3-nitrohalosalicylanilides embodied in this invention may be produced by a number of methods including, for example, reacting 3-nitrosalicoyl chloride with an excess of the halogenated aniline in benzene and recrystallizing or by reacting the acid, the aniline and phosphorous trichloride in benzene.
EXAMPLE I A solution of 25 grams (0.12 mole) of 3-nitrosalicoyl chloride in 200 milliliters of benzene was added with shaking to 50 grams (0.39 mole) of para-chloroaniline in milliliters of benzene. An immediate yellow precipitate formed which was allowed to stand overnight and then vacuum filtered. The solid obtained was washed with small amounts of benzene, air dried, pulverized and then stirred for thirty minutes in 100 milliliters of 10% hydrochloric acid. The product was then vacuum filtered again, washed well with water, and dried at 90 for sixteen hours to give 28.5 grams (78.5% yield) of crude 4-chloro-3-nitrosalicylanilide, having a melting point of l53156 C. The crude 4'-chloro-3-nitrosalicylanilide was crystallized from 600 milliliters of ethanol to give 23.0 grams of yellow needles in a first crop and additional 3.6 grams by reducing the alcohol filtrate to onesixth, or a total of 26.6 grams of 4'-chloro-3-nitrosalicylanilide having a melting point of 154-15 6 C.
The other halonitrosalicylanilides provided by this in vention, when prepared in accordance with the procedure of this example, were obtained in molar yields of from 71 to 93 percent.
EXAMPLE II Similarly, 5.0 grams (0.025 mole) of 3-nitrosalicoyl chloride were reacted with 9.2 grams (0.083 mole) of parafluoroaniline for eighteen hours in benzene to give 4-fluoro-3-nitrosalicylanilide having a melting point of 14l.5142 upon crystallizations from ethanol.
EXAMPLE III Similarly, 5.0 grams (0.025 mole) of 3-nitrosalicoyl chloride were reacted with 10.6 grams (0.083 mole) of orthochloroaniline in benzene to give 2-chloro-3-nitrosalicylanilide, having a melting point of 171.5172.5 upon crystallization from ethanol,
EXAMPLE IV Similarly, 5.0 grams (0.025 mole) of 3-nitrosalicoyl chloride were reacted with 10.6 grams (0.083 mole) of metachloroaniline in benzene to give 3'-chloro-3-nitrosalicylanilide, having a melting point of 152.5l53.5 upon crystallization from ethanol.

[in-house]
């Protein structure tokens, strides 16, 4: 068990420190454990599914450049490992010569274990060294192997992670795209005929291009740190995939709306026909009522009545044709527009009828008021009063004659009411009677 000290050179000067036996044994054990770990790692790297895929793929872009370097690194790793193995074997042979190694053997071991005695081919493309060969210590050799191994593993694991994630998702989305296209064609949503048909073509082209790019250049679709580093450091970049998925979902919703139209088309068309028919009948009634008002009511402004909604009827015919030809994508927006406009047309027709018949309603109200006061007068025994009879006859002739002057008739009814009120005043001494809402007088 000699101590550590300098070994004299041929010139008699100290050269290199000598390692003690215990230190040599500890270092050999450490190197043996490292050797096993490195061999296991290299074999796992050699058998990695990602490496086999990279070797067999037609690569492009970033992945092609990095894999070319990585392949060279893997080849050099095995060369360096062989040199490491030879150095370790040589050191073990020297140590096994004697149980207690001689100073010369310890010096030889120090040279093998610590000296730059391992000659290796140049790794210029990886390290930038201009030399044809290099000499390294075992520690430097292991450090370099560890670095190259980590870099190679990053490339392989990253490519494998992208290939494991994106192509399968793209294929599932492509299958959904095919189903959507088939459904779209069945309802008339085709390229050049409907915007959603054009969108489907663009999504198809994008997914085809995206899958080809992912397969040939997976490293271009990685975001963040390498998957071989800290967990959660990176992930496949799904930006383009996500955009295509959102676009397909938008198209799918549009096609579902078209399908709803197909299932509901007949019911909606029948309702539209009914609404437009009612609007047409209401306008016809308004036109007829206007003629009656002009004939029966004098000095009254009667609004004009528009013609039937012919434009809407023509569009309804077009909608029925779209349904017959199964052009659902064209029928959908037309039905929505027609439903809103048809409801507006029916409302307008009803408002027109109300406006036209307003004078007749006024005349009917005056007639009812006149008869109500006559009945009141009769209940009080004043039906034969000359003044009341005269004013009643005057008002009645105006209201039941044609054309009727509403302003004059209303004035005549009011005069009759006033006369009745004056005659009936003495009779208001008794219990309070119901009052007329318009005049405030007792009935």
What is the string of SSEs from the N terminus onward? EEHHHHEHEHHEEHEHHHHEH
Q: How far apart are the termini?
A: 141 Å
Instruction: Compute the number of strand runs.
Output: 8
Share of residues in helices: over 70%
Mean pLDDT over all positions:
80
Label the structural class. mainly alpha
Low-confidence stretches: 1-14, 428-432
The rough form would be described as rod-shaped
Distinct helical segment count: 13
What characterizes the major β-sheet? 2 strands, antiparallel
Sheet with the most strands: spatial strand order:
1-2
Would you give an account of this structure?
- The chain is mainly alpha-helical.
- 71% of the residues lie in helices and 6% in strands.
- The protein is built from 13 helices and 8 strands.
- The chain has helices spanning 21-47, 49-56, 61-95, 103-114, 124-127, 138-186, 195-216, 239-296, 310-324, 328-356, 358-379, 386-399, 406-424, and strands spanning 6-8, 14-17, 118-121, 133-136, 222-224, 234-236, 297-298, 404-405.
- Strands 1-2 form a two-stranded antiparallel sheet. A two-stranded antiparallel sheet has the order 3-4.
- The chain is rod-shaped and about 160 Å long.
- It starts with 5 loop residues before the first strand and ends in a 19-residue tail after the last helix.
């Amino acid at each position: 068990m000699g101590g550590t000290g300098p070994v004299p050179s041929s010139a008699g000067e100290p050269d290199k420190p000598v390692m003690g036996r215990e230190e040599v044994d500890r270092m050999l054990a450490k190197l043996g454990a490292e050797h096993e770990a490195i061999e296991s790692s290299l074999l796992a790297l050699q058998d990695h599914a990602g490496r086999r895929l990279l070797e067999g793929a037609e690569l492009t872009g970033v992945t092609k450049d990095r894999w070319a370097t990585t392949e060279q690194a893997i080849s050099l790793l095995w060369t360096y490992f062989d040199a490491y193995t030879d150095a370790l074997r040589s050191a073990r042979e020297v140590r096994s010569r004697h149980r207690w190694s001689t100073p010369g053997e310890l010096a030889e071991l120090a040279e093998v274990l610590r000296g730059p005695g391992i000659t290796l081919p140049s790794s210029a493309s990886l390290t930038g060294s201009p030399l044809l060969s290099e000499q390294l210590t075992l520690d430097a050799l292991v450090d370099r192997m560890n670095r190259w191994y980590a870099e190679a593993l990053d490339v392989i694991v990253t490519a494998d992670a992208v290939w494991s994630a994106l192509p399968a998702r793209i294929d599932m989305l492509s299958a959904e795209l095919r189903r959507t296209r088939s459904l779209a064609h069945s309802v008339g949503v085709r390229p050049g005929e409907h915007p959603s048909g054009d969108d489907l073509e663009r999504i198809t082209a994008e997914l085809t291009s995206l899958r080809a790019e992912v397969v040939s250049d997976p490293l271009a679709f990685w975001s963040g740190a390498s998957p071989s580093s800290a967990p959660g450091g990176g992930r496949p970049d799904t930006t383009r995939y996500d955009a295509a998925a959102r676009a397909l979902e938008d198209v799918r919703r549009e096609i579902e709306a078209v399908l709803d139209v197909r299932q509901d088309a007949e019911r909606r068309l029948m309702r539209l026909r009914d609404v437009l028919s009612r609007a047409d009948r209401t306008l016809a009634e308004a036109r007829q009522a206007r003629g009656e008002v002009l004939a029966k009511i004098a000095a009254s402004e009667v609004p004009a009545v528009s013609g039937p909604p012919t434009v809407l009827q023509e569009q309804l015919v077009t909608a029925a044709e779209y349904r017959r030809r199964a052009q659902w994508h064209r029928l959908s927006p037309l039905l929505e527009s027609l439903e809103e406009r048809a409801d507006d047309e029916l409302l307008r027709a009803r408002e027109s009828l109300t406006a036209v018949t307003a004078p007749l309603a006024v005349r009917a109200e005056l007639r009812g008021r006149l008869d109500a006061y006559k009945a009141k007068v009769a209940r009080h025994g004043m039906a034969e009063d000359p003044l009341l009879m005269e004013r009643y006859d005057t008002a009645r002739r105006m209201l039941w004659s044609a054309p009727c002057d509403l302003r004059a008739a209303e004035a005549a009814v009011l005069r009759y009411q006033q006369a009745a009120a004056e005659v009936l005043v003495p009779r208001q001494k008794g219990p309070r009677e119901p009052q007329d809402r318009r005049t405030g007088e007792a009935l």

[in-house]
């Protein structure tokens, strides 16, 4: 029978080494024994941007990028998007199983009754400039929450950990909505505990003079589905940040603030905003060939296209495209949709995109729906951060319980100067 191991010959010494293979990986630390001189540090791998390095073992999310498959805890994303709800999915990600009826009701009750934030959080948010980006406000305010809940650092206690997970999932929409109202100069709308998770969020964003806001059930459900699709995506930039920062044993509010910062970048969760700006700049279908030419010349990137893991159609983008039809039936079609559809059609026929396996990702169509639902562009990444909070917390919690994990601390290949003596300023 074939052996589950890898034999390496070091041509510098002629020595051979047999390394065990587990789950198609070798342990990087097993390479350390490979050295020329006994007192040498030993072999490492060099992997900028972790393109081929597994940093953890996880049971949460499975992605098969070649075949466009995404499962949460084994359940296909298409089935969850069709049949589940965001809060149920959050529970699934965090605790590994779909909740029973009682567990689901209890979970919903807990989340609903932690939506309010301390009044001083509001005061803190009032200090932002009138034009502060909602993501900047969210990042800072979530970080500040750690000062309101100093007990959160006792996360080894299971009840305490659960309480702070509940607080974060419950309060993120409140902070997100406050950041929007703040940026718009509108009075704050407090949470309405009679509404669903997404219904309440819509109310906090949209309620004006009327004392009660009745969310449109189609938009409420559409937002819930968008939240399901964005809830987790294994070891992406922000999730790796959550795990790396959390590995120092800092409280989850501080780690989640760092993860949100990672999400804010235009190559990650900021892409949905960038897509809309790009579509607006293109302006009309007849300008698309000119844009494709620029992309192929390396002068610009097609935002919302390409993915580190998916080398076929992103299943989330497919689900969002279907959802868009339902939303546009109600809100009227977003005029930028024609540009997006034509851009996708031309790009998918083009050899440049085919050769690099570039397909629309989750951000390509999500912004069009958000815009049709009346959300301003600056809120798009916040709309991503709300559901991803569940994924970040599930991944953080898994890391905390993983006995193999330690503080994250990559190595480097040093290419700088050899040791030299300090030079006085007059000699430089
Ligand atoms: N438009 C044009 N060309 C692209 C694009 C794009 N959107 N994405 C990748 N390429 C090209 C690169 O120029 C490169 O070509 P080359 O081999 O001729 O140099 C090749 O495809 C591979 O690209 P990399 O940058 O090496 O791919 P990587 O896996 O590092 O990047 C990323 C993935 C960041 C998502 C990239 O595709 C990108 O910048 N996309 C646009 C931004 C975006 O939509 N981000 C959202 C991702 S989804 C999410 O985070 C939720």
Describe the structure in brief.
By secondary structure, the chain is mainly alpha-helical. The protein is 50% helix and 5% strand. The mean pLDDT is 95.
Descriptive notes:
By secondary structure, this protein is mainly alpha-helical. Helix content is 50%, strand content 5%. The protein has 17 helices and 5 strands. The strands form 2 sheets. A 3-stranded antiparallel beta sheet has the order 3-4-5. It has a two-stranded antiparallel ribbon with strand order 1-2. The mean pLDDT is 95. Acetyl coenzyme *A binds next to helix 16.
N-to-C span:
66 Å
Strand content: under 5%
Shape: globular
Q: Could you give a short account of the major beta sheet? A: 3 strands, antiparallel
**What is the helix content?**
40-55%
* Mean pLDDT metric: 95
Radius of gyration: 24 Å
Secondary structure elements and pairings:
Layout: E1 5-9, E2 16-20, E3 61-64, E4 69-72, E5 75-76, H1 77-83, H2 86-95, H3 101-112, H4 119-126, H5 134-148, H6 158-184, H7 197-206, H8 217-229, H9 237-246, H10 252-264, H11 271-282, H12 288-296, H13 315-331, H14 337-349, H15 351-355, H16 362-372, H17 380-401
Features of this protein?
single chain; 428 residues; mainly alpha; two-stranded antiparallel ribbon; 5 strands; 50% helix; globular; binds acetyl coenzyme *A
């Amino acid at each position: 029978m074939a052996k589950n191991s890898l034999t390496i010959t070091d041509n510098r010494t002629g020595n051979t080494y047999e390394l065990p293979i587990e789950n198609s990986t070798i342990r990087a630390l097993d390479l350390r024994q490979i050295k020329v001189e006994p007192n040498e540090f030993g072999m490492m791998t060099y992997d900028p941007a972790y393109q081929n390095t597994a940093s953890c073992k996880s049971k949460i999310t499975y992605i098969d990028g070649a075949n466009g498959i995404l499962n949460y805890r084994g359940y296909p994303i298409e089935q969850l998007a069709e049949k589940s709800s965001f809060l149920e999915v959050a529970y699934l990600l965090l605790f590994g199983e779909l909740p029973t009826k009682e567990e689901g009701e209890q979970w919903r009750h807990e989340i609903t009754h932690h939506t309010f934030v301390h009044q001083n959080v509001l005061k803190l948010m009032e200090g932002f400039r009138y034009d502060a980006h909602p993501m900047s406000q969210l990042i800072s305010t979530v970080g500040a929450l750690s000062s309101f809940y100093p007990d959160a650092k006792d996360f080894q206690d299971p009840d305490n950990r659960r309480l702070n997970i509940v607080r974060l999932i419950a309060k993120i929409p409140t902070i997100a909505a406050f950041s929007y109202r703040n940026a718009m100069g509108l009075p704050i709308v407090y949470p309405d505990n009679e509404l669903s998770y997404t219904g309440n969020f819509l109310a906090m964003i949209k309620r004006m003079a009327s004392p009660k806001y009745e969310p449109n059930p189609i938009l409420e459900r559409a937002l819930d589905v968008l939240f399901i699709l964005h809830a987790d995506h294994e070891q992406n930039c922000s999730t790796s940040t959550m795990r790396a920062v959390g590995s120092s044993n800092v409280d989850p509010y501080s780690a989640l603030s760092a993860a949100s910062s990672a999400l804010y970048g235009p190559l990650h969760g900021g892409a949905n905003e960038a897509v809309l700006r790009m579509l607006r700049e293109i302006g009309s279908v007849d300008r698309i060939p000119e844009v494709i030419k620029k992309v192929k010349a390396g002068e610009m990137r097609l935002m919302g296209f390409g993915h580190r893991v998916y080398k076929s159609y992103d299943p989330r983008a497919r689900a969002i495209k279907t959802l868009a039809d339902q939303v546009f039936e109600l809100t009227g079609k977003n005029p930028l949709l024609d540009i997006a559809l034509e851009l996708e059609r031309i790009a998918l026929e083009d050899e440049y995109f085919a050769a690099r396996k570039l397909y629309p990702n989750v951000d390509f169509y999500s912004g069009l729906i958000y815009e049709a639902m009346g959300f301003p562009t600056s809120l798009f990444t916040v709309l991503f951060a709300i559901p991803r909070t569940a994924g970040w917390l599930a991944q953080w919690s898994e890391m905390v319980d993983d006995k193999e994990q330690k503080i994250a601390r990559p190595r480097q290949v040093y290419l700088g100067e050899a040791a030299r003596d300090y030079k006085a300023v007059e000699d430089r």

EXAMPLE V Similarly, 5.0 grams (0.025 mole) of 3-nitrosalicoyl chloride and 14.3 grams (0.083 mole) of para-bromoaniline were reacted in benzene for eighteen hours to give 4-bromo@3-nitrosalicylanilide, having a melting point of 158-1585 upon crystallization from ethanol.
EXAMPLE VI Similarly, 5.0 grams (0.025 mole) of 3-nitrosalicoyl chloride were reacted with 18.2 grams (0.083) of paraiodoaniline in benzene for eighteen hours to give 4'-iodo- 3-nitrosalicylanilide, having a melting point of 178 upon crystallization from ethanol.
EXAMPLE VII Similarly, 5.0 grams (0.025 mole) of 3-nitrosalicoyl chloride were reacted with 13.4 grams (0.083 mole) of 2,4-dichloroaniline for eighteen hours in benzene to give 2,4'-dichloro-3-nitrosalicylanilide, having a melting point of 241 When 2,4-dichloroaniline reacted with the nitrosalicoyl chloride, the rate of reaction was slower than with the monohaloanilines and precipitate did not start to form until about one hour after mixing and did not fill the mixture until several hours later. With the monohaloanilines, precipitation occurred immediately and satisfactory yields were obtained in about one hour after mixing.